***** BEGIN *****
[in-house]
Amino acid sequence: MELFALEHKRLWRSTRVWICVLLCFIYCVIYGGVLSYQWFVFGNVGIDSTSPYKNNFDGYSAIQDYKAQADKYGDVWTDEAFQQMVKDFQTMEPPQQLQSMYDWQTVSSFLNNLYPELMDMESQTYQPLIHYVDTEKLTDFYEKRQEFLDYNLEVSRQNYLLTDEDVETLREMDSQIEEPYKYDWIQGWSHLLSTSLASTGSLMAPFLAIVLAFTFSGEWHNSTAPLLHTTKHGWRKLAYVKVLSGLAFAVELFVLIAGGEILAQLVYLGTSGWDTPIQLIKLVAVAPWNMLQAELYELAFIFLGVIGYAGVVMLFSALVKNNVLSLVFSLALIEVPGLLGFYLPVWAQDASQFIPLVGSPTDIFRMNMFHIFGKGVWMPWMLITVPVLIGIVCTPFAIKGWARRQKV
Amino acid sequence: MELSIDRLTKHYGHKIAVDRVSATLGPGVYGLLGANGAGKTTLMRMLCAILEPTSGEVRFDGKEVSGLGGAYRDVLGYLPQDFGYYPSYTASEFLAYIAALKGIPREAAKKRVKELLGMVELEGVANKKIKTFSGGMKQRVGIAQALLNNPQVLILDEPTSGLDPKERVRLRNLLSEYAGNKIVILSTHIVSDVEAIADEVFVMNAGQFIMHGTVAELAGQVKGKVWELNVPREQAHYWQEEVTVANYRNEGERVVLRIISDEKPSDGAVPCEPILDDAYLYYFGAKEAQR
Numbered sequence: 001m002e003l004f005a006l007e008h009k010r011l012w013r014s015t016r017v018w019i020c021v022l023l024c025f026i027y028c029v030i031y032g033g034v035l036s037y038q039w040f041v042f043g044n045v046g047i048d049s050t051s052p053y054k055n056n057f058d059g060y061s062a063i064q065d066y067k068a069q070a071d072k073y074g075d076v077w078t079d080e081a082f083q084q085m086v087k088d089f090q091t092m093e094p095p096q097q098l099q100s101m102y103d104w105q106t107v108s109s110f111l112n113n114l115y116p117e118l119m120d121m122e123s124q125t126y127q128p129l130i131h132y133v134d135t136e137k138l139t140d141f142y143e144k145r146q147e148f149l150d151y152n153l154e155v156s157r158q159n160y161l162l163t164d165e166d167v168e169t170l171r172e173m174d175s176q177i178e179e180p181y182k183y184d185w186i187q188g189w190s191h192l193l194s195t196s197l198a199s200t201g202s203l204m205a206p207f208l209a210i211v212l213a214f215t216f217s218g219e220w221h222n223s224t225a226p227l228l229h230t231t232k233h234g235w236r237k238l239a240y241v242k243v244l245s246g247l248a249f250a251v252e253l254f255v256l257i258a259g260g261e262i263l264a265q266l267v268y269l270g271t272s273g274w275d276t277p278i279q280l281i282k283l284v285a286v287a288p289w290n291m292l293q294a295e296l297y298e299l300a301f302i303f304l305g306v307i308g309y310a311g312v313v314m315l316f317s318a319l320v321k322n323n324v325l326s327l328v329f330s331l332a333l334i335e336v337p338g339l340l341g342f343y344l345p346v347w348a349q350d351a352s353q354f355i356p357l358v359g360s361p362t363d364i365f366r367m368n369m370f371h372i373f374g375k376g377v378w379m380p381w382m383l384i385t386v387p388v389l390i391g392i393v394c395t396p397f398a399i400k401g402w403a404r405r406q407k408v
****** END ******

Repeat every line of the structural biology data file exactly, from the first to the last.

[in-house]
Amino acid sequence: MELFALEHKRLWRSTRVWICVLLCFIYCVIYGGVLSYQWFVFGNVGIDSTSPYKNNFDGYSAIQDYKAQADKYGDVWTDEAFQQMVKDFQTMEPPQQLQSMYDWQTVSSFLNNLYPELMDMESQTYQPLIHYVDTEKLTDFYEKRQEFLDYNLEVSRQNYLLTDEDVETLREMDSQIEEPYKYDWIQGWSHLLSTSLASTGSLMAPFLAIVLAFTFSGEWHNSTAPLLHTTKHGWRKLAYVKVLSGLAFAVELFVLIAGGEILAQLVYLGTSGWDTPIQLIKLVAVAPWNMLQAELYELAFIFLGVIGYAGVVMLFSALVKNNVLSLVFSLALIEVPGLLGFYLPVWAQDASQFIPLVGSPTDIFRMNMFHIFGKGVWMPWMLITVPVLIGIVCTPFAIKGWARRQKV
Amino acid sequence: MELSIDRLTKHYGHKIAVDRVSATLGPGVYGLLGANGAGKTTLMRMLCAILEPTSGEVRFDGKEVSGLGGAYRDVLGYLPQDFGYYPSYTASEFLAYIAALKGIPREAAKKRVKELLGMVELEGVANKKIKTFSGGMKQRVGIAQALLNNPQVLILDEPTSGLDPKERVRLRNLLSEYAGNKIVILSTHIVSDVEAIADEVFVMNAGQFIMHGTVAELAGQVKGKVWELNVPREQAHYWQEEVTVANYRNEGERVVLRIISDEKPSDGAVPCEPILDDAYLYYFGAKEAQR
Numbered sequence: 001m002e003l004f005a006l007e008h009k010r011l012w013r014s015t016r017v018w019i020c021v022l023l024c025f026i027y028c029v030i031y032g033g034v035l036s037y038q039w040f041v042f043g044n045v046g047i048d049s050t051s052p053y054k055n056n057f058d059g060y061s062a063i064q065d066y067k068a069q070a071d072k073y074g075d076v077w078t079d080e081a082f083q084q085m086v087k088d089f090q091t092m093e094p095p096q097q098l099q100s101m102y103d104w105q106t107v108s109s110f111l112n113n114l115y116p117e118l119m120d121m122e123s124q125t126y127q128p129l130i131h132y133v134d135t136e137k138l139t140d141f142y143e144k145r146q147e148f149l150d151y152n153l154e155v156s157r158q159n160y161l162l163t164d165e166d167v168e169t170l171r172e173m174d175s176q177i178e179e180p181y182k183y184d185w186i187q188g189w190s191h192l193l194s195t196s197l198a199s200t201g202s203l204m205a206p207f208l209a210i211v212l213a214f215t216f217s218g219e220w221h222n223s224t225a226p227l228l229h230t231t232k233h234g235w236r237k238l239a240y241v242k243v244l245s246g247l248a249f250a251v252e253l254f255v256l257i258a259g260g261e262i263l264a265q266l267v268y269l270g271t272s273g274w275d276t277p278i279q280l281i282k283l284v285a286v287a288p289w290n291m292l293q294a295e296l297y298e299l300a301f302i303f304l305g306v307i308g309y310a311g312v313v314m315l316f317s318a319l320v321k322n323n324v325l326s327l328v329f330s331l332a333l334i335e336v337p338g339l340l341g342f343y344l345p346v347w348a349q350d351a352s353q354f355i356p357l358v359g360s361p362t363d364i365f366r367m368n369m370f371h372i373f374g375k376g377v378w379m380p381w382m383l384i385t386v387p388v389l390i391g392i393v394c395t396p397f398a399i400k401g402w403a404r405r406q407k408v